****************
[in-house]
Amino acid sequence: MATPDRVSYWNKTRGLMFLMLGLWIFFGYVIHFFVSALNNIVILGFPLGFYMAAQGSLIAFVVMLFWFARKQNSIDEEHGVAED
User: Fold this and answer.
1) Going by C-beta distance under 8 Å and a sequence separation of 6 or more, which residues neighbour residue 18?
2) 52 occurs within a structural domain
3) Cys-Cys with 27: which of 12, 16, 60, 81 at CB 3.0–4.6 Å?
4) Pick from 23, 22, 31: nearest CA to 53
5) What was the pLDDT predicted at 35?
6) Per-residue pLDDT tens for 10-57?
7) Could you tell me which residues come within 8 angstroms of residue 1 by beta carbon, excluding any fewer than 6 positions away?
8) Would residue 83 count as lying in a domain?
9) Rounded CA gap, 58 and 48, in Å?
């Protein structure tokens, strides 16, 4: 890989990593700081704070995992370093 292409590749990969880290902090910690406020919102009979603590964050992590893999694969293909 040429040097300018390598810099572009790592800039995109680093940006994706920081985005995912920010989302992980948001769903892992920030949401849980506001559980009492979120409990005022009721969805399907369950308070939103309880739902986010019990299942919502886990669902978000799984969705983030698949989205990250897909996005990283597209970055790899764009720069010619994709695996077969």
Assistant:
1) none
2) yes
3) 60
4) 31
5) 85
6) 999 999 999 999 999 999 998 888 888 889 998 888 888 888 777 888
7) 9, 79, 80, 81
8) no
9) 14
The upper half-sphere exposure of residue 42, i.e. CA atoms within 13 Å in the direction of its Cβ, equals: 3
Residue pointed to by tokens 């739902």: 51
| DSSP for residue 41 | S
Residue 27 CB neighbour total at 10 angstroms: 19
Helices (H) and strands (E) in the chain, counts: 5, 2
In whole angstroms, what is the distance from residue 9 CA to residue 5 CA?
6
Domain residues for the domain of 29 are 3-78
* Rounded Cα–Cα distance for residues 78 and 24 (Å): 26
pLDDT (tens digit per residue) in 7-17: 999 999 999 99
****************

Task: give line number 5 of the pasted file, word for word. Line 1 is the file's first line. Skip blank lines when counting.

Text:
2) 52 occurs within a structural domain